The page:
Effects of selective dropout on infant growth standards


Exclusively breastfed (EBF) infants have higher weight gain during the first 2 months, and lower thereafter. The explanation for this phenomenon is not clear. Longitudinal data from the Social Medical Survey of Children Attending Child Health Clinics study with a cohort of 2,151 Dutch children were analyzed according to a pattern mixture model. It appears that higher than average growth of EBF infants during the first 2 months is primarily attributable to selective dropout. Furthermore, between months 2 and 6, light nonEBF infants gain more weight than light EBF infants. Both factors aid in explaining differences in growth between EBF and nonEBF infants. The WHO Child Growth Standards for weight-for-age have been calculated from a subgroup of 903 infants (out of 1,743) that complied with strict feeding criteria. If similar dropout mechanisms operate in the Multicentre Growth Reference Study, then the WHO weight-for-age standards are expected to be systematically different from those for the entire group of 1,743 infants. CI: Copyright (c) 2010; JID: 101244056; 2010/02/01 [aheadofprint]; ppublish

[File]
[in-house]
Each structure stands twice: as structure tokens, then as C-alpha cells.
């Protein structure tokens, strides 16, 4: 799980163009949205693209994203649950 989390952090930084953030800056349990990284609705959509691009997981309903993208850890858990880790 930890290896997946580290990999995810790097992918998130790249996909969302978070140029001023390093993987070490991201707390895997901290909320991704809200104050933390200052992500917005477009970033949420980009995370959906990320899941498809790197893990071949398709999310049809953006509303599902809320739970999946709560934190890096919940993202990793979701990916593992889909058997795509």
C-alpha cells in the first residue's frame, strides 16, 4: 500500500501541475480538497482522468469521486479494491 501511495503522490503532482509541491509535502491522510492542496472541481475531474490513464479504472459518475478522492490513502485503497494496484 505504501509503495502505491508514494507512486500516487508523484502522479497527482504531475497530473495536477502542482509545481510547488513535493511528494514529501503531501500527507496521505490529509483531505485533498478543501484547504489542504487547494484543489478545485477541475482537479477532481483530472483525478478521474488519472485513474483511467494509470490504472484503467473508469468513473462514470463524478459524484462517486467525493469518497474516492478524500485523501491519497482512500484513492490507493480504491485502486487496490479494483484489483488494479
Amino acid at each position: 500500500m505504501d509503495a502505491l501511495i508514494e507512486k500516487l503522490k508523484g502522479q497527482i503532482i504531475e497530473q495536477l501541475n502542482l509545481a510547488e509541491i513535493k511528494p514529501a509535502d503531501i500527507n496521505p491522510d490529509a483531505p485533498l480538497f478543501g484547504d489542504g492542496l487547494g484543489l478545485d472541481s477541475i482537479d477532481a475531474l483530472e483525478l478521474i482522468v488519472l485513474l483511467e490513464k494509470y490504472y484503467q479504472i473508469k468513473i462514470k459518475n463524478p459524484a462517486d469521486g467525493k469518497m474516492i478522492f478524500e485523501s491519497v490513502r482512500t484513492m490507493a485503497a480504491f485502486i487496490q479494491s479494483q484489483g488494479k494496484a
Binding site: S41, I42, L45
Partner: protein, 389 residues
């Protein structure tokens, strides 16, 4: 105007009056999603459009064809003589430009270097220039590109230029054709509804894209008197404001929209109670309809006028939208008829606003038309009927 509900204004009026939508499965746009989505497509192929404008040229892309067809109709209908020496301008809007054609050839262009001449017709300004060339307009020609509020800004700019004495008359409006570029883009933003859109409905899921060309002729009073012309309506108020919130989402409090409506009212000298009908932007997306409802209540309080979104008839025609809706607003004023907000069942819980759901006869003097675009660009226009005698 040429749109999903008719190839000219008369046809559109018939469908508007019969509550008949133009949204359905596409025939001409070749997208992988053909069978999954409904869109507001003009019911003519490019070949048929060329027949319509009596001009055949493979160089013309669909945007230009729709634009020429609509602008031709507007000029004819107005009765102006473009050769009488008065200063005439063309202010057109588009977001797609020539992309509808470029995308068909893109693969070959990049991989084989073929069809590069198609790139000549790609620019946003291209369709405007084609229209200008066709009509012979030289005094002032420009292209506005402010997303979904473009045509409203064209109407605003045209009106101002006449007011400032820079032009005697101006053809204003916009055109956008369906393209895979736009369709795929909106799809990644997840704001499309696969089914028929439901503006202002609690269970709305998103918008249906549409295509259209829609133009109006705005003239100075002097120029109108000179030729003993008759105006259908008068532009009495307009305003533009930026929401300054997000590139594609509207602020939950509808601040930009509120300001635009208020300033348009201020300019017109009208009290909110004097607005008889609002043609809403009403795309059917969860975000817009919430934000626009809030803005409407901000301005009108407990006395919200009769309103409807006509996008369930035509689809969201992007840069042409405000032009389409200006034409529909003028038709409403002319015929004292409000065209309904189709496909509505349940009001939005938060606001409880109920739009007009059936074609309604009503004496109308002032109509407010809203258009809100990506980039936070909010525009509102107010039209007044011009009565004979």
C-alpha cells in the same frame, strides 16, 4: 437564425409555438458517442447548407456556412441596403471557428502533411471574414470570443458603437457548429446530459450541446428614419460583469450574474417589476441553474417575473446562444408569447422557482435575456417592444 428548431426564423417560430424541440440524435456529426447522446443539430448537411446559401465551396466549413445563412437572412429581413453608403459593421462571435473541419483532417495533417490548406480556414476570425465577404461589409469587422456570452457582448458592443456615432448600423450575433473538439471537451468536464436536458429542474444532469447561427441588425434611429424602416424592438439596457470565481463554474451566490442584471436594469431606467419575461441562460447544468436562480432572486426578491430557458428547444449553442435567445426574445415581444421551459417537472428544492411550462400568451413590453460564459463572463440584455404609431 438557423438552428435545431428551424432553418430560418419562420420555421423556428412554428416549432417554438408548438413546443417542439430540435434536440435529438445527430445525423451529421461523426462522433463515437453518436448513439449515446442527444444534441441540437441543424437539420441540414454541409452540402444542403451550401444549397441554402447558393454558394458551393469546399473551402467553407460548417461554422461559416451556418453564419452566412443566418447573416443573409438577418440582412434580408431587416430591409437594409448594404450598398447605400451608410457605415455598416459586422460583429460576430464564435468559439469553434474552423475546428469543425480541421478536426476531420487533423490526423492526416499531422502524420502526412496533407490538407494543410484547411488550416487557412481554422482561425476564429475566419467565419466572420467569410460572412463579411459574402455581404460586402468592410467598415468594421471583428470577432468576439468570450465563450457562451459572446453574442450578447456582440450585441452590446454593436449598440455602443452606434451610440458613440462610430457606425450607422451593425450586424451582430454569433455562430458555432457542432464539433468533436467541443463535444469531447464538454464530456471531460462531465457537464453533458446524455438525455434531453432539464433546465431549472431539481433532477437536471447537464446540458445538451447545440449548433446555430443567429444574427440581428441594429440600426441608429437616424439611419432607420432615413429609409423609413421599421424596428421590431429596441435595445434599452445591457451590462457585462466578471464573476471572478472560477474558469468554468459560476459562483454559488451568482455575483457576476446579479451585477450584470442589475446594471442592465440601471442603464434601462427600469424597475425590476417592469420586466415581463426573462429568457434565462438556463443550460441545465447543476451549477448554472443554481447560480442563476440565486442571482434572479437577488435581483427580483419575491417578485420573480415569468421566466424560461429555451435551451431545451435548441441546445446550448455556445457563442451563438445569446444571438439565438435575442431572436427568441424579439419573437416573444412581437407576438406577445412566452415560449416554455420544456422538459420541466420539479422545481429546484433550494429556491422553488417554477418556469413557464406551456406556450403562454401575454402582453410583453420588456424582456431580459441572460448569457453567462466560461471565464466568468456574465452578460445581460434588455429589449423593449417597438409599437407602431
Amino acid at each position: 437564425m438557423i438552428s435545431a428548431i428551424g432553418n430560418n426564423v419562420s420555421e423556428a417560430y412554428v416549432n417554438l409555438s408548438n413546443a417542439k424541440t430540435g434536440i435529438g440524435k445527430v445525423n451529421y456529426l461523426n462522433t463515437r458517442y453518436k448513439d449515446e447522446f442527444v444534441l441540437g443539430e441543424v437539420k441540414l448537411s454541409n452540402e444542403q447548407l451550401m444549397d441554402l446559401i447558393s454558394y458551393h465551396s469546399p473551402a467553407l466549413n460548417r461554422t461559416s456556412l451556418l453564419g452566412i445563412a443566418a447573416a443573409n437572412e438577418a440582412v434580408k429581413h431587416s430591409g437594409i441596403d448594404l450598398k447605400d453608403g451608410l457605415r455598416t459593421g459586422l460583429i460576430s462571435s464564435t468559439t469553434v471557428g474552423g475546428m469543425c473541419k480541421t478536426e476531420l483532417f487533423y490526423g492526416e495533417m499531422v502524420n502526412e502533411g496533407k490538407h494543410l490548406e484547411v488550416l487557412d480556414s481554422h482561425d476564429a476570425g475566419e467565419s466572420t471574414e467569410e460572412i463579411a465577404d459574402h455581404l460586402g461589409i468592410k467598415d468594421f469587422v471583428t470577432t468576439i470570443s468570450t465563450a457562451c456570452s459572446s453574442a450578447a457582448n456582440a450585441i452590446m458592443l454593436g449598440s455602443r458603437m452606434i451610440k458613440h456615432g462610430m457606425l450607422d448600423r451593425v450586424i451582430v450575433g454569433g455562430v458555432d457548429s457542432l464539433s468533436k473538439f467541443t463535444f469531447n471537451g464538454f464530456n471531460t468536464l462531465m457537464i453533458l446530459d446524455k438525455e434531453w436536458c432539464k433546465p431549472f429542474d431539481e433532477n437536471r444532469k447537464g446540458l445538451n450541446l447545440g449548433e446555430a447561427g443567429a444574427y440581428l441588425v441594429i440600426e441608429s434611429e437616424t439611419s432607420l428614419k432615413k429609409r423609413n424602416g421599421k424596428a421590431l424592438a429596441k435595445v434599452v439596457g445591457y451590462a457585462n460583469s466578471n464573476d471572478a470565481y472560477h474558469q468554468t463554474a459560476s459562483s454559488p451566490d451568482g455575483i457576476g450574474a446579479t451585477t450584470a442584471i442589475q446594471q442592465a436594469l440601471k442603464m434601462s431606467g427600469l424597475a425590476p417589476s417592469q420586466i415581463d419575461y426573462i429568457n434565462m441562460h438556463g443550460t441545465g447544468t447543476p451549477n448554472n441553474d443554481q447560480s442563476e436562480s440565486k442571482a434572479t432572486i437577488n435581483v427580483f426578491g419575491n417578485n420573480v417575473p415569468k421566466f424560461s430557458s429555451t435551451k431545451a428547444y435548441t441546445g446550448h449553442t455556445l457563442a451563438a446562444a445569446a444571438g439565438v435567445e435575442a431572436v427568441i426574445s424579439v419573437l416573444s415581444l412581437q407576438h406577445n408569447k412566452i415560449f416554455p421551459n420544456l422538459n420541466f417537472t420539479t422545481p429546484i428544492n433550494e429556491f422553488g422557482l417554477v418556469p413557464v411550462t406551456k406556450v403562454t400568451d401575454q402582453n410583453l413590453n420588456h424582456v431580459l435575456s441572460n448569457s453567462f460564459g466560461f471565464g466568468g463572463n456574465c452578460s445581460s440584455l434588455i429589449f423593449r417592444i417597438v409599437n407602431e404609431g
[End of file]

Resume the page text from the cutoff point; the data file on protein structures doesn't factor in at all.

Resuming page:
Nestle Nutrition Workshop Series
Stef van Buuren
Stef van Buuren

My research interests include data science, missing data, child growth and development, and measurement.